Q. For the past few years I have had the most disgusting problem with gas. I work in an office and this problem is extremely embarrassing. I don’t even go to church any more because I never know when it will happen.
I’ve tried to remember what I ate the day before, but it doesn’t seem to matter. I’ve also tried all the gas pills on the market and none of them work. Do you have anything to suggest?
A. Instead of trying to remember what you have eaten, write it down. Then count and record your “flatus events” too. This should help you determine if you have more trouble with pretzels and bagels or apples, raisins and radishes. Sugarless sweeteners like sorbitol may also be to blame.
Some people react to milk and other dairy products with gas and diarrhea. That’s because they lack the enzyme lactase which is needed to digest milk sugar (lactose). By the way, ask your pharmacist whether any of the pills you take (prescription or over-the-counter remedies) contain lactose. That can be an unexpected source of the problem. Even if there is no lactose as a filler, some medications can cause flatulence. While you are at it, ask the pharmacist whether your medicine might be directly responsible for the gas.
Many people cannot tolerate gluten, found in wheat, rye and barley. We are learning that celiac disease or inability to handle gluten is a lot more common than most people ever imagined. The latest studies suggest that one person out of 100 may be vulnerable to this condition.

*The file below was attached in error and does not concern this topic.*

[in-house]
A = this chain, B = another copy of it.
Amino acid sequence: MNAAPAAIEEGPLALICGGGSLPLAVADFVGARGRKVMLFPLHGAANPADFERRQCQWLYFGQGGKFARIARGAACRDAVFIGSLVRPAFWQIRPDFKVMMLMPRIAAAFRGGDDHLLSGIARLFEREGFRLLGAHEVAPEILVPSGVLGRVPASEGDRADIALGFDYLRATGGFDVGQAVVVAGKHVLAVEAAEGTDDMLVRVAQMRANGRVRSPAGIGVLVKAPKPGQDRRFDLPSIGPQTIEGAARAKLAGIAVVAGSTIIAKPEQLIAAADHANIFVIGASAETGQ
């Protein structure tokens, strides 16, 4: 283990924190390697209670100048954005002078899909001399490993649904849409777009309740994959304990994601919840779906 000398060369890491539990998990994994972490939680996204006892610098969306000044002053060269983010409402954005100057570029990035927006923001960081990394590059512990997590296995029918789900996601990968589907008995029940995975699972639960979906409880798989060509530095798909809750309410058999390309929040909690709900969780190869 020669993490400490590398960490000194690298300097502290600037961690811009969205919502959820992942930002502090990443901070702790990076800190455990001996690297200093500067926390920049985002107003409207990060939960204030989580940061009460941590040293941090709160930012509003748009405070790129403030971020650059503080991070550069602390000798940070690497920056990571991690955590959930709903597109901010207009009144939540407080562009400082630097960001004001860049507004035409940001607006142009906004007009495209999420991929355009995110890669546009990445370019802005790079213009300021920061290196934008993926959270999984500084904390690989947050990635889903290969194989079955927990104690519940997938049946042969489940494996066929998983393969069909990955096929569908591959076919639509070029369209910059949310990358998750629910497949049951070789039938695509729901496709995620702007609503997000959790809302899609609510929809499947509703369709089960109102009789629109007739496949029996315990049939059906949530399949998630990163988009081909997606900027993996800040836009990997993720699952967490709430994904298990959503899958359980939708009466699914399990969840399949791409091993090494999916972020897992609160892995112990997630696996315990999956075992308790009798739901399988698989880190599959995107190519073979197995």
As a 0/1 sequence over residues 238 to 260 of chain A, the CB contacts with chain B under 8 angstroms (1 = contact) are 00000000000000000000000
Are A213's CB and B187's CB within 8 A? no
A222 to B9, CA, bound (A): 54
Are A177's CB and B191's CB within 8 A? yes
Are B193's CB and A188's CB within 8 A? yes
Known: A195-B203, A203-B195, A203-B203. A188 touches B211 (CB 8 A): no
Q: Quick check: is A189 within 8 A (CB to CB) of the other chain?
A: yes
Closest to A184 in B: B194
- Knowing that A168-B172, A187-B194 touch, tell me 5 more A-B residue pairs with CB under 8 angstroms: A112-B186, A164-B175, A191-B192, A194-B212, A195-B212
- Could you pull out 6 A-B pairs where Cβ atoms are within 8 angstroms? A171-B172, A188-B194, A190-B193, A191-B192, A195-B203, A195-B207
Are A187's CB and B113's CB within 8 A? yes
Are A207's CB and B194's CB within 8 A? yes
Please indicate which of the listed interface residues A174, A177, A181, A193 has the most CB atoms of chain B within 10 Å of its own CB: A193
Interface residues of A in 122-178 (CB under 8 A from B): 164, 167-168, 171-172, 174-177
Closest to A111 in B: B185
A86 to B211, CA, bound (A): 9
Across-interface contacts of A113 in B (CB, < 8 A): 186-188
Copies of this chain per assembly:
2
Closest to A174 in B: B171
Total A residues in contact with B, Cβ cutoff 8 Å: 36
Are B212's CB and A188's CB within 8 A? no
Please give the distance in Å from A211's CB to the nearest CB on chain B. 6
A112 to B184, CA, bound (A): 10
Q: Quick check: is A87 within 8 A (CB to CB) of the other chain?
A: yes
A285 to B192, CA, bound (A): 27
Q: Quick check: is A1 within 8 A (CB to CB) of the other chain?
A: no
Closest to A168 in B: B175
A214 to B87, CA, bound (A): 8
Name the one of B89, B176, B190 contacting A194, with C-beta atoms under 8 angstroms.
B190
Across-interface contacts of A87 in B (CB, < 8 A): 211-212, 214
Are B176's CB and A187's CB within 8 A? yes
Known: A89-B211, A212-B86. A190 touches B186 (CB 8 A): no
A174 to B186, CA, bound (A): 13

A proper diagnosis can help determine the cause of your gas. If the problem is milk, Lactaid or another lactase product can be helpful. Beano contains an enzyme that breaks down complex sugars found in beans, broccoli and other vegetables. If gluten is the culprit, you will have to avoid all gluten-containing foods. You may also want to add probiotics to your diet. These beneficial bacteria can sometimes restore balance to the digestive tract and diminish the gas attacks.
We are sending you our Guide to Digestive Disorders with more information about such products and other strategies for fighting flatulence. Anyone who would like a copy, can download it from our library of Guides.
Fennel seed tea is a traditional remedy for gas. Crush a teaspoon of fennel seeds, add a cup of boiling water, steep for five minutes and sip.
If all else fails, you may want to take a special cushion to work that will solve the odor problem for those around you. Here is what one reader asked:
Q. I have been searching high and low for a pillow that is supposed to deodorize gas. You sit on it and something inside the cushion traps offensive odors. If you’ve written about this product, please give me the particulars.
A. Activated charcoal has long been used to trap noxious gasses and chemicals. It is used in gas masks and has been used orally to treat accidental poisoning. Activated charcoal capsules are also marketed to alleviate flatulence.
We are aware of at least two seat cushions that fit the description you have given. Both contain activated charcoal to trap odors. One is called Flat-D. The other is called GasBGon or GasMedic.
For some additional tips on how to overcome gas, we suggest that you may find our video, “How to Prevent Flatulence” of some value.
We hope one of these tips is useful.